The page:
I am not arguing, of course, that there is no difference between imagination and knowledge, nor that we cannot distinguish the two notions.  Rather, I am arguing that to make a determination about practical aspects of these vague general terms, one has to consider the specific contexts, and probably only the best results in any case will be achieved by utilizing the highest possible levels of both manners of thinking (again, given the allowance of the circumstances).  If I am given an example in situ, I can actually make some kind of real determination about whether to emphasize my imagination or my knowledge.  If I am, for instance, drafting a legal document to articulate an already agreed-upon end, then I had best focus on my knowledge of established court procedures to ensure the validity of the document.  Yet it may be almost entirely by virtue of my imagination that I can reconceptualize the arrangement of court evidence which allows me to prove my client’s innocence (or as a prosecutor to prove his guilt).  With proper context, examples like these can certainly allow us to distinguish one of these vague terms from another and place a value on each by which they may be compared.  When the only situational information provided is limited to presumably all the activities which occur “in most professions and academic fields”, then I could utilize either of these aforementioned examples to demonstrate the superior “importance” of either of these two concepts.  In other words, the truth does not matter–neither to ETS nor to the student responding to the seemingly meaningless prompt.1

I think that a reasonable argument could be made as to the harmlessness  of the essay in itself.   Indeed, of the forms of B.S. described by Frankfurt, this seems to be the least overtly dangerous–a rather unintentional variety  which “is unavoidable whenever circumstances require someone to talk without knowing what he is talking about”.  Furthermore, the essay’s influence will be quite limited.  Presumably, it will only ever be read by two (or in some cases three) likely jaded professional test-graders, who will get only a couple of minutes during which to reflect on the work.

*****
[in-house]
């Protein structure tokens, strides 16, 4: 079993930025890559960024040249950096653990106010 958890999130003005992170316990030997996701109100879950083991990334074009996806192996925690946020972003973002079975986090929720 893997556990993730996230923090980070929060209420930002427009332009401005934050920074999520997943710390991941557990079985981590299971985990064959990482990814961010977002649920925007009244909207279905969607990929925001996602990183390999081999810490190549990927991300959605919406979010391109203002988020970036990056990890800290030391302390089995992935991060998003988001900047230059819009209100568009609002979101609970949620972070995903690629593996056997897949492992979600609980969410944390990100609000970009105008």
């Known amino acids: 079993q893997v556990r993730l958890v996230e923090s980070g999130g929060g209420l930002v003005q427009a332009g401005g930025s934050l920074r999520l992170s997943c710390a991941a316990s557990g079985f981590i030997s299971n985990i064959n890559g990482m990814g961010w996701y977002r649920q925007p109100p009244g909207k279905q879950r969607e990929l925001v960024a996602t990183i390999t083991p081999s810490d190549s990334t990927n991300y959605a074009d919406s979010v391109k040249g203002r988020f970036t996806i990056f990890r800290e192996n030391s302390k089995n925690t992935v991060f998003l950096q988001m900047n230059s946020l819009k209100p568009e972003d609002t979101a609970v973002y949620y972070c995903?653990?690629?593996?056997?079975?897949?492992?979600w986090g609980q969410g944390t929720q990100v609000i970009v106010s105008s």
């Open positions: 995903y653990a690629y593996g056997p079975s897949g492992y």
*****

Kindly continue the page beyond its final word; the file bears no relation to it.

I wonder, though, if there are broader consequences of accepting the authority of such a component on an exam like this.  Undoubtedly, the GRE has an influence on who is admitted into graduate schools in the USA.  I anticipate the counterargument that one’s admittance into any school is probably almost never alone decided by his or her score on the GRE’s writing component; this is true.  However, my impression is that GRE scores are often taken as one of the first excuses for filtering out applicants, if only because these scores are a quick and dirty method for getting some objective value for the level of education from applicants from such diverse educational backgrounds.  This is significant because it means that most applicants to most programs leading ultimately to many, many professional and academic jobs will have been forced to score well on their GRE’s, and more specifically to demonstrate their ability to excel at generating bullshit2.

 

 

 

 

 

 

 

 

  1. Yes, I am aware that I could, instead of playing the choose-one-of-two-bad-answers game, simply respond to the prompt with the more academic equivalent of this rant, arguing in essence that the question posed a false dichotomy which one must get beyond; however, given the nature of the so-called ideal answers in the guides which I have read so far, this seems to be an unfortunate choice if I care about scoring well.  (I do.)  Additionally, experience has taught me that, no matter how artfully phrased, telling any test grader that the question is inane or not germane to anything is simply asking for a lower score.
  2. It is also possible, of course, that these people will excel by not recognizing the nature of the absurd, abstracted false dichotomies such as those provided by the test questions.  If this is the case, then the test has, instead of ensuring the ability to produce drivel and claptrap, reinforced one’s ability to think uncritically, which is probably even worse.  ugh.